War On and Off Pitch for Michael Caine…
Michael Caine in a war movie from the eighties with some big names in football and Sylvester Stallone.
Escape To Victory (1981) – Trailer, OldSchoolTrailers
For my choice of War Movie preview, I narrowed it down to this film, Escape to Victory (1981). And it’s a bit of a guilty pleasure. Despite a total ignorance of football and the famous footballers in this cast, I do remember this movie as having one of the crazier plots of the war escape movies. And it’s another of Michael Caine’s 1980s movies which I love so much.
Caine really has a charismatic effect in his movie characters that make you treasure his movies no matter how bad they seem. Particularly in his The Swarm (1978) days. Newbies to Caine’s work, do watch other decades of his films I assure you he didn’t get his Sir title for these reasons… (or maybe he did).
I remember watching this with the men of the house (surprise, surprise), one Christmas. This while my mother made the Christmas Dinner, and probably enjoyed the fact that at least 3 of the household were otherwise occupied. I remember my Uncle recognising the footballer Pelé was either shocked or horrified at his appearance in this movie. But of course, it’s only now I vaguely recognise the other more prominent footballers in this movie (well their names anyway).
About the plot…
Escape to Victory tells of a battle on the football pitch during World War 2 between a team of Germans and a team of Allied Prisoner of Wars. It’s also an escape movie and was surprisingly directed by John Huston. The cast includes Michael Caine, Sylvester Stallone, Max von Sydow, Daniel Massey, Bobby Moore and Pelé.
Caine plays the Allied team captain, John Colby who was a professional footballer before the war. He is disgruntled when he has to allow Robert Hatch (Sylvester Stallone) on the team as a trainer. However, Hatch is on board with the British to organise the teams escape… The Brits hope this escape will occur during the football match, but Colby is worried about the players’ lives…
About the trailer…
The trailer really made me want to see this clash of cultures again, Cockney Caine’s Colby vs. Stallone – then remembered as The Italian Stallion – as Hatch. Much more so than the escape storyline, which even in the trailer seems secondary to the plot. As its more billed as “the most unusual battle of the war” by the man with the masterful voice.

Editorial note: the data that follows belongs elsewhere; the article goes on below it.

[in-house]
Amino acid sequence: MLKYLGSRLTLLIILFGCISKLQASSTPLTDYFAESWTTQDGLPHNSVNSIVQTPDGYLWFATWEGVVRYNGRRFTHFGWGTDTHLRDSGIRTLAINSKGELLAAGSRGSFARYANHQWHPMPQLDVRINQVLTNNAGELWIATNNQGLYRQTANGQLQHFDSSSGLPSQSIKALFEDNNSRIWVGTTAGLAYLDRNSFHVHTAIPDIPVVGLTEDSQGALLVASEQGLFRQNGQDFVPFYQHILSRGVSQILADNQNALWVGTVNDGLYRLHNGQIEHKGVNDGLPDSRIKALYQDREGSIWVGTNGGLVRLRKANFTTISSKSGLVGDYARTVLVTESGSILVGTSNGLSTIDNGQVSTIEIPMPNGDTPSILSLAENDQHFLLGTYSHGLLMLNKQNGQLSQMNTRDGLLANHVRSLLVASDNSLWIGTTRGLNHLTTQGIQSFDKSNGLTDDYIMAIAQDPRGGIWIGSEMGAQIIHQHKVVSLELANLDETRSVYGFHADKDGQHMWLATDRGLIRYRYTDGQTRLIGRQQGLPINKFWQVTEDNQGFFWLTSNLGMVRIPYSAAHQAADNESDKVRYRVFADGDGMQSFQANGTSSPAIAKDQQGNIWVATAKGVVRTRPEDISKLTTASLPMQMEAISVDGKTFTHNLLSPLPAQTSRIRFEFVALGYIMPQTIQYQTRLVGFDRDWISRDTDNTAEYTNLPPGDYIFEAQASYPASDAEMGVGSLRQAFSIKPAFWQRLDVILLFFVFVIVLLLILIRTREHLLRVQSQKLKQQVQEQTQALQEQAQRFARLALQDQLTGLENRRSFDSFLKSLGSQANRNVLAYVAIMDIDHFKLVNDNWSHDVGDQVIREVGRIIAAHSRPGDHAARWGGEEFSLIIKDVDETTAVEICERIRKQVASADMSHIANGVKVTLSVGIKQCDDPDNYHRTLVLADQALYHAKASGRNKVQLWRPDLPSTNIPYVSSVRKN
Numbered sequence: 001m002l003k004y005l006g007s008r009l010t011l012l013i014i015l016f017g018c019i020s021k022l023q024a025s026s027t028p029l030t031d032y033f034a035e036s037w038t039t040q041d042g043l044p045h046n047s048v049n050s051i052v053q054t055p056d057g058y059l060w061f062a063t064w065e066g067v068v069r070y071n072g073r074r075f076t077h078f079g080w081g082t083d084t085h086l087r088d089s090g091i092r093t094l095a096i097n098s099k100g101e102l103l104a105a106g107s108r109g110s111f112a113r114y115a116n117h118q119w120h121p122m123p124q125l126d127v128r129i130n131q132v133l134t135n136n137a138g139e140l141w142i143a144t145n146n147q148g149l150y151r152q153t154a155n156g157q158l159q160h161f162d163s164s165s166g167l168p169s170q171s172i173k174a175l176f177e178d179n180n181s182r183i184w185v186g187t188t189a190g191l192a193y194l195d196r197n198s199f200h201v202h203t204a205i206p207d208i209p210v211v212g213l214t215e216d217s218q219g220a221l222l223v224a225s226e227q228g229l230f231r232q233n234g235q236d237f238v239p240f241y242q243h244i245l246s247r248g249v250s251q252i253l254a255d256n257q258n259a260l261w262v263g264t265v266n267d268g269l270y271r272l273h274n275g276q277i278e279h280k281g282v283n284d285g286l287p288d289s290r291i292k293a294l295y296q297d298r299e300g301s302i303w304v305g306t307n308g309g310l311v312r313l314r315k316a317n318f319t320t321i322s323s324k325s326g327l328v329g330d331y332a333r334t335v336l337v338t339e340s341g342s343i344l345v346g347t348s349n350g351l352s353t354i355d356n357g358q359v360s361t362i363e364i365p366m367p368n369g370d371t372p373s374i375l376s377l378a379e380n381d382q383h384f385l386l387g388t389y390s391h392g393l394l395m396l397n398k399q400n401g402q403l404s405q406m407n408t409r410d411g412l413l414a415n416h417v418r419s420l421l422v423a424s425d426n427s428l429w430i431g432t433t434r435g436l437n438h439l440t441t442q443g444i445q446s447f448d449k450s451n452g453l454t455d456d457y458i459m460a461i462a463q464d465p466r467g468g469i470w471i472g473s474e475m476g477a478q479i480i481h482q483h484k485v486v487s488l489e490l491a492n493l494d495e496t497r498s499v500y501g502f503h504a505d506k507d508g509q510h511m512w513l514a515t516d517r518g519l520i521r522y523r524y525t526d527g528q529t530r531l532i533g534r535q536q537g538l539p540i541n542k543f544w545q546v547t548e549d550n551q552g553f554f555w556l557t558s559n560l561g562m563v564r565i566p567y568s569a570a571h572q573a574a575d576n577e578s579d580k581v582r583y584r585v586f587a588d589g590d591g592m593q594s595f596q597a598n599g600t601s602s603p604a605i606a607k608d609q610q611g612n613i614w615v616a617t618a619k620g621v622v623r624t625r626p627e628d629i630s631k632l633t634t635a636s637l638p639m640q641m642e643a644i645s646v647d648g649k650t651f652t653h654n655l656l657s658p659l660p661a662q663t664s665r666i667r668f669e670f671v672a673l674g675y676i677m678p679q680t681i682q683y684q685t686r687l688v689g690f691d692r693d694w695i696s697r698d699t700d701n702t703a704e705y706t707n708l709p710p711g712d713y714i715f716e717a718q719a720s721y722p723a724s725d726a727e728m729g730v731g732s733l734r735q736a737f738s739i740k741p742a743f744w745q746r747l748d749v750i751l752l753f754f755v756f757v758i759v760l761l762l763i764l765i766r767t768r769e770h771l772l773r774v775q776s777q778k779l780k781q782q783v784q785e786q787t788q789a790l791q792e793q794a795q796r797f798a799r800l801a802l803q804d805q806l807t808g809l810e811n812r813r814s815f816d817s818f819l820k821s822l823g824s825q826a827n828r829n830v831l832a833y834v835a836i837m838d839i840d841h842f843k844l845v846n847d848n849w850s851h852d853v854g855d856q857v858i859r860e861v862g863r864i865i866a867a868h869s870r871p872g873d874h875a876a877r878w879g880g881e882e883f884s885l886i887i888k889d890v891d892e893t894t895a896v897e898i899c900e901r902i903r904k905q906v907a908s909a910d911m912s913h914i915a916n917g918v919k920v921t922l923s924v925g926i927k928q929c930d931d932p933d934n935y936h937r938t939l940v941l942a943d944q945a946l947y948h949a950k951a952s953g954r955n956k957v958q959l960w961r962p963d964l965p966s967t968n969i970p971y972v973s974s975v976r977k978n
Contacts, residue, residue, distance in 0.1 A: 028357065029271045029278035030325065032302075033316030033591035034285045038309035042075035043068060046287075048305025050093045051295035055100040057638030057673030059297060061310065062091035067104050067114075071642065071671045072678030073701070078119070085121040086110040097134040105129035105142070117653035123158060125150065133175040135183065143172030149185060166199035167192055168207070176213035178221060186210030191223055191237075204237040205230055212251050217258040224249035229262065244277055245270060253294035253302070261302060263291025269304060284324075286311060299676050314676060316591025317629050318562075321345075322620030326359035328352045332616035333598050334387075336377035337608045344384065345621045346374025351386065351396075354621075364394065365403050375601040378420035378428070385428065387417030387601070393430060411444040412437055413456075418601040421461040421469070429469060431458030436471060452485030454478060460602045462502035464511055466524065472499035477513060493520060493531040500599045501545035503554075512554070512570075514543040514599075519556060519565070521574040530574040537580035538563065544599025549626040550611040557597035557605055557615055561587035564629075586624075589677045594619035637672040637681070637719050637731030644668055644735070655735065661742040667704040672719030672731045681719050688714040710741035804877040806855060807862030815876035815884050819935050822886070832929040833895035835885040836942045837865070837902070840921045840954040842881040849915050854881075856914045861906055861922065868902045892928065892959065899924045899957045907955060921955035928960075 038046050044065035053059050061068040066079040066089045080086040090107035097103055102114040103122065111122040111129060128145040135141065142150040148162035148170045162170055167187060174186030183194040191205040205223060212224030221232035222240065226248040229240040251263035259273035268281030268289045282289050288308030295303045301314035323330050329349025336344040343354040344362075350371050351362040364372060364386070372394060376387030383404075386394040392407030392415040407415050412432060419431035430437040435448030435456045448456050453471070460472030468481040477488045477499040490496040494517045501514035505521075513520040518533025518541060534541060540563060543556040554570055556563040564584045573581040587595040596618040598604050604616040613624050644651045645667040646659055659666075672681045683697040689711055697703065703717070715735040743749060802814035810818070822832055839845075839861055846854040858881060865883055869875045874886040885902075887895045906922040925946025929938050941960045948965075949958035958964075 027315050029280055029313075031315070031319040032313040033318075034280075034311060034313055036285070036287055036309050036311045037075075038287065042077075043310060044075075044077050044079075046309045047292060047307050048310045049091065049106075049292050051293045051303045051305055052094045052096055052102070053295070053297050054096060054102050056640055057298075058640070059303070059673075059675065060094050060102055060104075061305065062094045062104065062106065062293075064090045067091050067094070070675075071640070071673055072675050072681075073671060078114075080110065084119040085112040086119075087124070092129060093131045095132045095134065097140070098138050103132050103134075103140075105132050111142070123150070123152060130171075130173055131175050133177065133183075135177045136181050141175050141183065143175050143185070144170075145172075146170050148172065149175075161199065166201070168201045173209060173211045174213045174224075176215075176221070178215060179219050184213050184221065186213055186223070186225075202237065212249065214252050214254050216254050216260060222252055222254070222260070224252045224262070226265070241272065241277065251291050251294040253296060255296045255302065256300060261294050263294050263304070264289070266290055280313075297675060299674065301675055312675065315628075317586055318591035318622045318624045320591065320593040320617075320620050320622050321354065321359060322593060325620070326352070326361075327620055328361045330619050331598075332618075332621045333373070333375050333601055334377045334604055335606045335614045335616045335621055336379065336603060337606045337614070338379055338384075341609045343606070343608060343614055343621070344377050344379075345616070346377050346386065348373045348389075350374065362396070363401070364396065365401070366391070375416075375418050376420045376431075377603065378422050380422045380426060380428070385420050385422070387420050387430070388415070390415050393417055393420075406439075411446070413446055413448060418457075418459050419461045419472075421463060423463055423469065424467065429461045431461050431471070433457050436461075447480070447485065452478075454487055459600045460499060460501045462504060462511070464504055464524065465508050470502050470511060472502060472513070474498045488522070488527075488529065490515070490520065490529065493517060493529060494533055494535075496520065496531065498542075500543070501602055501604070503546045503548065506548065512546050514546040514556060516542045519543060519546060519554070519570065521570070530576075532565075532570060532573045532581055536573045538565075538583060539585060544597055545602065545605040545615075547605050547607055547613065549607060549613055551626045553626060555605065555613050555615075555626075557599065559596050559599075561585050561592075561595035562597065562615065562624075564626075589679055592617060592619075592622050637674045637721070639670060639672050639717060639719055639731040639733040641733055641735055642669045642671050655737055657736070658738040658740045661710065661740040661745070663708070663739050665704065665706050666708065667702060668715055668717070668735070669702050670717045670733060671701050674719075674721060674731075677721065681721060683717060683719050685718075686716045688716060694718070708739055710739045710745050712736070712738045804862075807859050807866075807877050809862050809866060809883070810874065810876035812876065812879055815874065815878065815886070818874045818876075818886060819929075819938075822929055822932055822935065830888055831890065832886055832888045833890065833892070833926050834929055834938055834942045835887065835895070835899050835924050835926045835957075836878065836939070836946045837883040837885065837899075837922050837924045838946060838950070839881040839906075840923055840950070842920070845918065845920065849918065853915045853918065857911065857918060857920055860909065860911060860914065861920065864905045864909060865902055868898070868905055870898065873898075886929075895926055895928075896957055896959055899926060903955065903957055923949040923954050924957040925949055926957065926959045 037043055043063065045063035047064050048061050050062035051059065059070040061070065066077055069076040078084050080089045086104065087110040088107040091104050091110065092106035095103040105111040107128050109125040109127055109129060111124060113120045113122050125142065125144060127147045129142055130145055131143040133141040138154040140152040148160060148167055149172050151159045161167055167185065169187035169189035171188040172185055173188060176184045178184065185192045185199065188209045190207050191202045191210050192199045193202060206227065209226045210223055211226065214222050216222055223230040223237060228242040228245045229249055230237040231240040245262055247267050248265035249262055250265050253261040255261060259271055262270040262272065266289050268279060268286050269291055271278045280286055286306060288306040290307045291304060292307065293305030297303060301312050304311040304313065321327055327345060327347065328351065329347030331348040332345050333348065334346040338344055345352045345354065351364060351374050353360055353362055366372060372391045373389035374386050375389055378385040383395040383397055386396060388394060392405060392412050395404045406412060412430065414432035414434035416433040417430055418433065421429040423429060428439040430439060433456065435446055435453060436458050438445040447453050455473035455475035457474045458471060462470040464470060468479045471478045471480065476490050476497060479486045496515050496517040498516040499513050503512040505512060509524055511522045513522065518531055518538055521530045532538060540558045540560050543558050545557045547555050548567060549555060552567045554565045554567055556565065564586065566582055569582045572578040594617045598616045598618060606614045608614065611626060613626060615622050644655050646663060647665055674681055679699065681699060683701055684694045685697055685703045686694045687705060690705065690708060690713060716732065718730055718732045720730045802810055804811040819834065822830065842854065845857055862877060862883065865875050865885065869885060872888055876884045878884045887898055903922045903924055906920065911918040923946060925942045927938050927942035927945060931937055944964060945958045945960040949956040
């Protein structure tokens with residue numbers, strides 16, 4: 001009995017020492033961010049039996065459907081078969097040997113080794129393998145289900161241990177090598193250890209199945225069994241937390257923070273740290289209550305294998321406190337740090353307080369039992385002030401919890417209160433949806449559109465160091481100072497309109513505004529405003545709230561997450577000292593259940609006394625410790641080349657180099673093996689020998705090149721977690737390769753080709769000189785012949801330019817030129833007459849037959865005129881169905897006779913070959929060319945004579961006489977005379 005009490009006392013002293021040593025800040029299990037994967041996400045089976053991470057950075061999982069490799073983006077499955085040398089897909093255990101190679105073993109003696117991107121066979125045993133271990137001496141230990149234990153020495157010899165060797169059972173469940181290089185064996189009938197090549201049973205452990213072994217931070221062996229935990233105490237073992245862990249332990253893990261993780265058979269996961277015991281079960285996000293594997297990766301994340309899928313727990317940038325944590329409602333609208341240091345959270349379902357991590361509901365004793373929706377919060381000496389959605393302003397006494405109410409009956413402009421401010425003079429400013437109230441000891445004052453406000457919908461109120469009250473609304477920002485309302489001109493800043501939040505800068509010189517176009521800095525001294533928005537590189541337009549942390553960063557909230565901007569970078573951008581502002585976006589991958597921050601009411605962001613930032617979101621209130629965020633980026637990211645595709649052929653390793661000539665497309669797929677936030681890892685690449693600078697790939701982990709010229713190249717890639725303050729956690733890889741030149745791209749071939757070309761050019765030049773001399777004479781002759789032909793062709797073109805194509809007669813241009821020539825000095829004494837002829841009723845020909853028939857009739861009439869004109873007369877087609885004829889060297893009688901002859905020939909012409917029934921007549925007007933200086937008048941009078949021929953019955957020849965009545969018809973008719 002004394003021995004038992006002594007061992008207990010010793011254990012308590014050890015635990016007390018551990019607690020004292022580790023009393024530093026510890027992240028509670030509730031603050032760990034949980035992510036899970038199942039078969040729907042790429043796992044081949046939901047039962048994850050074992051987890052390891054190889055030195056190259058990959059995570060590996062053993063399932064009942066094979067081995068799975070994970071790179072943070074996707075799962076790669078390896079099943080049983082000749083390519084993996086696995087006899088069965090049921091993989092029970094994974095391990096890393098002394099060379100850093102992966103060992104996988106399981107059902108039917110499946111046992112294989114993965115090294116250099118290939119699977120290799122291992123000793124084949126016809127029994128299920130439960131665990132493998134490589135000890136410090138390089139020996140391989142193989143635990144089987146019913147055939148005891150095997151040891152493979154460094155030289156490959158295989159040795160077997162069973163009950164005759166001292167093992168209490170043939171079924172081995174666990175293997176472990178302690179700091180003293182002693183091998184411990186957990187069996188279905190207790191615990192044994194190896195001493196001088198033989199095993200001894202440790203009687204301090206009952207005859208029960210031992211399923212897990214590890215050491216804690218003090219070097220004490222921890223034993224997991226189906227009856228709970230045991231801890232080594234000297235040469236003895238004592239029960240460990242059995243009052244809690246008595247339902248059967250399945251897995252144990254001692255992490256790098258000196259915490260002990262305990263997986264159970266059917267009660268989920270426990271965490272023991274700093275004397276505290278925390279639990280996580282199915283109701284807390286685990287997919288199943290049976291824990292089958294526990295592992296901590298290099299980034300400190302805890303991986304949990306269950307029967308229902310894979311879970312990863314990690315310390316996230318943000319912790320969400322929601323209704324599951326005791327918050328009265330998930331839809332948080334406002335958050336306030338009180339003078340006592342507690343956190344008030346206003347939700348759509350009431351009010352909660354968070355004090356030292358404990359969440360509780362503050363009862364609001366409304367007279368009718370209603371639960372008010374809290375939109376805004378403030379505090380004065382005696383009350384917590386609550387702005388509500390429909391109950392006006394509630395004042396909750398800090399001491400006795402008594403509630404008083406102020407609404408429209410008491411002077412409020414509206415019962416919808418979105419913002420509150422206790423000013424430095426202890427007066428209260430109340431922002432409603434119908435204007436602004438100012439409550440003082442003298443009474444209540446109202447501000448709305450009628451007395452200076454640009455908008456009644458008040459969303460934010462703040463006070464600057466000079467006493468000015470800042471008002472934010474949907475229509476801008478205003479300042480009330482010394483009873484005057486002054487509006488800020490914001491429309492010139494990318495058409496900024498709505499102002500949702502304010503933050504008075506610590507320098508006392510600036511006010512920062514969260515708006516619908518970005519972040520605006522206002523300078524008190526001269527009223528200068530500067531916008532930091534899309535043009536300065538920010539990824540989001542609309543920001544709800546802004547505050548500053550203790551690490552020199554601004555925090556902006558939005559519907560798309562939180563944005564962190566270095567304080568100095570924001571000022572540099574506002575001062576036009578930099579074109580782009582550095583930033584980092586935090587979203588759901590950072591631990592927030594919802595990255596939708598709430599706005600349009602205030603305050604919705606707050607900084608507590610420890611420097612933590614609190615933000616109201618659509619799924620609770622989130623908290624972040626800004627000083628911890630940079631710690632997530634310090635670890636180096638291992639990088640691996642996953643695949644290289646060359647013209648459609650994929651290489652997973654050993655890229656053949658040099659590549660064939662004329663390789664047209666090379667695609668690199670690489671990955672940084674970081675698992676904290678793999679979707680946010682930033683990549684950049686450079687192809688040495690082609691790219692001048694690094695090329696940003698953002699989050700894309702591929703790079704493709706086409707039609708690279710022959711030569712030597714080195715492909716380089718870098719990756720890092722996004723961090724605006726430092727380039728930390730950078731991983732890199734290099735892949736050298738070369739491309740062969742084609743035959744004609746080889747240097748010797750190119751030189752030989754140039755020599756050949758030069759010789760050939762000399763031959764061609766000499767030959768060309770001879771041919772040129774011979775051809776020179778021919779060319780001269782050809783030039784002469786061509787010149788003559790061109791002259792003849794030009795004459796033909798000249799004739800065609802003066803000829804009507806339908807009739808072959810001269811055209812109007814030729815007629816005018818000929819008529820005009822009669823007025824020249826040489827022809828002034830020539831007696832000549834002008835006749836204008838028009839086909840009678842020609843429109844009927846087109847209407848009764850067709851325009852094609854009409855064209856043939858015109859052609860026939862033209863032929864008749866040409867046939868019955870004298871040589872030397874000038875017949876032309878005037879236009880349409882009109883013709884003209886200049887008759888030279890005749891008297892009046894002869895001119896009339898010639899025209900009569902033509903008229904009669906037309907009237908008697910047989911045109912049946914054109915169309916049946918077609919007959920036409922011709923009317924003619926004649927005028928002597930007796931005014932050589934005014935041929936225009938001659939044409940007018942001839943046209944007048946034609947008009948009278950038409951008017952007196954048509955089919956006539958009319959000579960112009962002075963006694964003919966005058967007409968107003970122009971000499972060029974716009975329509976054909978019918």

Max von Sydow is our token Nazi in the trailer (which is kinda ironic when you remember Teddy Daniels’ accusations in Shutter Island (2010)) of the film, which is set in 1942. Escape to Victory kind of capitalised on Caine’s The Italian Job (1969) cheeky Cockney chappie persona where he has to get a football team together from a band of Prisoner of War reprobates.
But luckily he has a one time England captain in his team (correct me if I’m wrong.. as I say no clue on football) and Pelé. And possibly more big football names. And this team going head to head with the “Third Reich’s finest”.
Caine of course is the Allied Prisoner of War team Captain (although it appears it’s not his football skills you are watching), but it is him in various triumphant poses in the trailer. Cue clash with Hatch who knows football in an all-American way.
With the differences of these games promoted in the film, which would surely come in useful for us. That’s those of us who didn’t know it was two different games and rules, back then. (If we cared, as probably the most football I’d seen until watching this would have been Gregory’s Girl (1981)).
Stallone as Hatch also of course is our white vested – not of the string variety – action hero of the piece as he’s also going to orchestrate the escape. . The white vest paving way for the similarly vested leads of Nicholas Cage and Bruce Willis in similarly over the top action movies.
The trailer also has some great lines such as Hatch protesting that “the mouth and the hands work together as a team”. The scene where Hatch chats up his
obligatory love interest is priceless, it’s almost like his dating pitch for a website. Why she is captivated by this particular orphan with no pets is beyond me, but hey ho.
The crazy plot is reinforced at all levels be it the commentary of the trailer itself, or are the terribly British Brits with English accents – can’t remember if there were any token Scots in this one. But the craziest thing of all is the final credit in this trailer, attributing it all to Lorimar productions in that then well-loved logo.
Lorimar was also home to another Rocky relationship of sorts.. and for those of you who have a Swarm of ideas buzzing around your head but can’t decide on what it was. Lorimar produced the original Dallas series. And that’s all, y’all.
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